DH urges councils to make preventive shift in older people’s support

Councils have been urged to make a “strategic shift” in spending on older people towards prevention after evidence showed this could yield savings in acute services while improving quality of life for pensioners.

Interim findings from the Department of Health’s £60m Partnerships for Older People Projects (Popps) indicated that investment in prevention had cut emergency bed-day use in acute hospitals.

The programme, funded from 2006-8, has supported 470 projects in 29 areas, over 70% of which provided universal services, such as handyman schemes, with the rest offering targeted support to older people with particular needs, including falls avoidance schemes or intermediate care.

The findings were released at the National Children and Adult Services Conference in Liverpool last week.

Savings ‘most pronounced’ from hospital avoidance services

Raj Kaur, project manager for Popps at the DH, told delegates that though acute hospital savings were “most pronounced” for services focused on hospital avoidance, they were also accrued through investment in lower-level services.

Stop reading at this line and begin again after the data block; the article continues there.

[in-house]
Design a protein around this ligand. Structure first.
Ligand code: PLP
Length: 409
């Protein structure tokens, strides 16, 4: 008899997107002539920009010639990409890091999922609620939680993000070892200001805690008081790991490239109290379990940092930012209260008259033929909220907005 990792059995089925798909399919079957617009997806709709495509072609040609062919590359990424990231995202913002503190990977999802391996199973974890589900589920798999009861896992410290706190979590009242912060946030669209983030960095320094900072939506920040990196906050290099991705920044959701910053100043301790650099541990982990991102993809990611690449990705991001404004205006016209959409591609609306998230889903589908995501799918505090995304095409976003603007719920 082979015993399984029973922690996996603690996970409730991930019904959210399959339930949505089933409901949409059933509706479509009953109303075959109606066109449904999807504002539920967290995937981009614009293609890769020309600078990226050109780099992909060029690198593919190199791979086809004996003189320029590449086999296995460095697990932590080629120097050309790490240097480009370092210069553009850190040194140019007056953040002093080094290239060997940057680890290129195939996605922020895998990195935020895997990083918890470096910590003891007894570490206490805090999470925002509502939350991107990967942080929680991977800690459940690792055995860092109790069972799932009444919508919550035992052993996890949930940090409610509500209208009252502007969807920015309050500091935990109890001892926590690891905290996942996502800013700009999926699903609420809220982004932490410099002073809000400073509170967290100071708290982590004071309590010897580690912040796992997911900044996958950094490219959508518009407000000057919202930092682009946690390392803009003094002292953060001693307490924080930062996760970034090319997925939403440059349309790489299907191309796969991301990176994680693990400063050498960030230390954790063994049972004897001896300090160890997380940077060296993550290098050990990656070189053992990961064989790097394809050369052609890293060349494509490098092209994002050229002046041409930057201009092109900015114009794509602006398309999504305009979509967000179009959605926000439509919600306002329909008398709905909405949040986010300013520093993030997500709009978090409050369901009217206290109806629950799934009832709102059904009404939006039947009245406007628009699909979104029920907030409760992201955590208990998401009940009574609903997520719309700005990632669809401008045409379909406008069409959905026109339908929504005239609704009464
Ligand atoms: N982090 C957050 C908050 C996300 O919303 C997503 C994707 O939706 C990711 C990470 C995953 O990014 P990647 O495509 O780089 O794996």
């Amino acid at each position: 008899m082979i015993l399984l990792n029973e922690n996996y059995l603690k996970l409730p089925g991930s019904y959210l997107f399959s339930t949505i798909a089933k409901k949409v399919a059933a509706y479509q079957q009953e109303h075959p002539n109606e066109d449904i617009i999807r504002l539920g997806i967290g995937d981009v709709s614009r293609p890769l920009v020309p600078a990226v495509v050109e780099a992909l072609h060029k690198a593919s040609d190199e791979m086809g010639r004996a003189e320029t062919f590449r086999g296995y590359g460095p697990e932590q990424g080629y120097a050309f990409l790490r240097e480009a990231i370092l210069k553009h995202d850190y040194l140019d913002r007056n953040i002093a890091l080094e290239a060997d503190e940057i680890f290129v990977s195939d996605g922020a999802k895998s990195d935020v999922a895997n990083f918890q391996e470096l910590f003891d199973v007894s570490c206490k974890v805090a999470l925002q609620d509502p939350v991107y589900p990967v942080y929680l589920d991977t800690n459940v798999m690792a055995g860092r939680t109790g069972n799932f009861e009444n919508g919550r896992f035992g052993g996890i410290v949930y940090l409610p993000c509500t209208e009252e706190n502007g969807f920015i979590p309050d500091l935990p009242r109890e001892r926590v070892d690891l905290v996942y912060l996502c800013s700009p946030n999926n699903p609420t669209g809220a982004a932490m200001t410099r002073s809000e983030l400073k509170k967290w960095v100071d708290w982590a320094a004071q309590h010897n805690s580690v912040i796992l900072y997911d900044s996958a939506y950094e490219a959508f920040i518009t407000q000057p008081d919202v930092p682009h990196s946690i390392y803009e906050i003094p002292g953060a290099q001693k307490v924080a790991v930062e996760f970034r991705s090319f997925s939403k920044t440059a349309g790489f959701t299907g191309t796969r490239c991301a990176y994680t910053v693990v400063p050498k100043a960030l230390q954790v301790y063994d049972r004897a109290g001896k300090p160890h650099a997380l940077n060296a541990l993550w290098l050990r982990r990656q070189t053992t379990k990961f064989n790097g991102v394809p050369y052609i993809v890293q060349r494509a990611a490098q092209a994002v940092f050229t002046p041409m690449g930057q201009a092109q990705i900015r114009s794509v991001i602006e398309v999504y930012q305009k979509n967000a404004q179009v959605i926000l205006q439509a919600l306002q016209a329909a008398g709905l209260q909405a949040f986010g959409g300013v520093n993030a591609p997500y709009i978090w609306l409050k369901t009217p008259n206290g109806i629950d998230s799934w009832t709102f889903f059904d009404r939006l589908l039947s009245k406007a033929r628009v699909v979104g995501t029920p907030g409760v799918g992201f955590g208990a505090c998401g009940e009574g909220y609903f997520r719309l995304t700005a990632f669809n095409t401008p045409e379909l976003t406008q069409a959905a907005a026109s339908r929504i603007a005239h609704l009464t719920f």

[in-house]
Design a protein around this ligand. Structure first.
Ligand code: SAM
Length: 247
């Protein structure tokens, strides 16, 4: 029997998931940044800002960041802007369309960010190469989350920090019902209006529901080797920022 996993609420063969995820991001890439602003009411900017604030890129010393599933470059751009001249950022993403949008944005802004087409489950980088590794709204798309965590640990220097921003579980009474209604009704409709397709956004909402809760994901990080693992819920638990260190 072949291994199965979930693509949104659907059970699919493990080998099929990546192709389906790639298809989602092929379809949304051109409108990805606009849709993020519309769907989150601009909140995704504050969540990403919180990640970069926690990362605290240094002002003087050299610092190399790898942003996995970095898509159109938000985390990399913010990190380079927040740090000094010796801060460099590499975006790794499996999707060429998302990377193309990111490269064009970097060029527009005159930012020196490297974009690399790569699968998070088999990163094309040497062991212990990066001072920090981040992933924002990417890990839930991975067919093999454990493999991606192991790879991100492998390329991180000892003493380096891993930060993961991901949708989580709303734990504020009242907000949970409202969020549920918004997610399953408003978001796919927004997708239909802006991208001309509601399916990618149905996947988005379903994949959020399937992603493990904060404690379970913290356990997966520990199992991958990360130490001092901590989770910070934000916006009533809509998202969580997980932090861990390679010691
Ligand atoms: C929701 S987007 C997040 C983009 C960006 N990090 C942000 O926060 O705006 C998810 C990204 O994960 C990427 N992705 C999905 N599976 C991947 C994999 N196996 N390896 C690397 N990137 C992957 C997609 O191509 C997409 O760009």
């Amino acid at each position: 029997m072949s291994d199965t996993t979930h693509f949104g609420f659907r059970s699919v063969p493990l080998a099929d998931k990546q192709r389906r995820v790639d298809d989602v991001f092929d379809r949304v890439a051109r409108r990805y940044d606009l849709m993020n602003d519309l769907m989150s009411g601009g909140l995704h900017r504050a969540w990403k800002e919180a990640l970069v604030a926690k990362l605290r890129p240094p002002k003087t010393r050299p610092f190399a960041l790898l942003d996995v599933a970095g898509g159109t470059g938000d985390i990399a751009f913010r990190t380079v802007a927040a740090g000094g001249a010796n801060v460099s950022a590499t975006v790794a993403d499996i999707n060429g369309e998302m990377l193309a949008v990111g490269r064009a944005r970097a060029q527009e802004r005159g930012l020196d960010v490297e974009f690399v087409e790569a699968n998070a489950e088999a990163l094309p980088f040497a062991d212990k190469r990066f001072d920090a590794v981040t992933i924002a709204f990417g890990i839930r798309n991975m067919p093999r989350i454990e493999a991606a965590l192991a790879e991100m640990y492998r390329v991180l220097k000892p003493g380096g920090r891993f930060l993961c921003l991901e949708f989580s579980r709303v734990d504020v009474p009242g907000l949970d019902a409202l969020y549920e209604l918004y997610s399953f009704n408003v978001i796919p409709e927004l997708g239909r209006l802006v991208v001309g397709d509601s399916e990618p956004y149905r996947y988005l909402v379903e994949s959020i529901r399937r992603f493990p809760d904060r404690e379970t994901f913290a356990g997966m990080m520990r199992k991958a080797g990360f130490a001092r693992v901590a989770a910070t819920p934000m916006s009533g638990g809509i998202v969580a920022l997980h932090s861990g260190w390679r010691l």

She added: “Given the savings accrue to health there needs to be agreement up front over how much investment health partners put in and how much social care partners put in.”

The evaluation found that councils had experienced difficulties extracting financial contributions for Popp services from acute health care providers despite the savings they accrued. However, Kaur said there was evidence of savings for social care as well, for instance through reductions in long-term care packages for older people with mental health problems.

Quality of life improvements

Guy Robertson, prevention and early intervention lead at the Care Services Improvement Partnership, said some of the “biggest improvements” achieved by Popps was in quality of life. He said councils and primary care trusts needed to take these non-financial returns into account when investing in prevention.

The evaluation found that only 4% of the projects had planned to cease operating when DH funding ran out, suggesting commissioners had agreed to continue funding most of the schemes.

A final evaluation report is due out next year and Kaur said she hoped it would examine the transferability of the Popp projects to other client groups.

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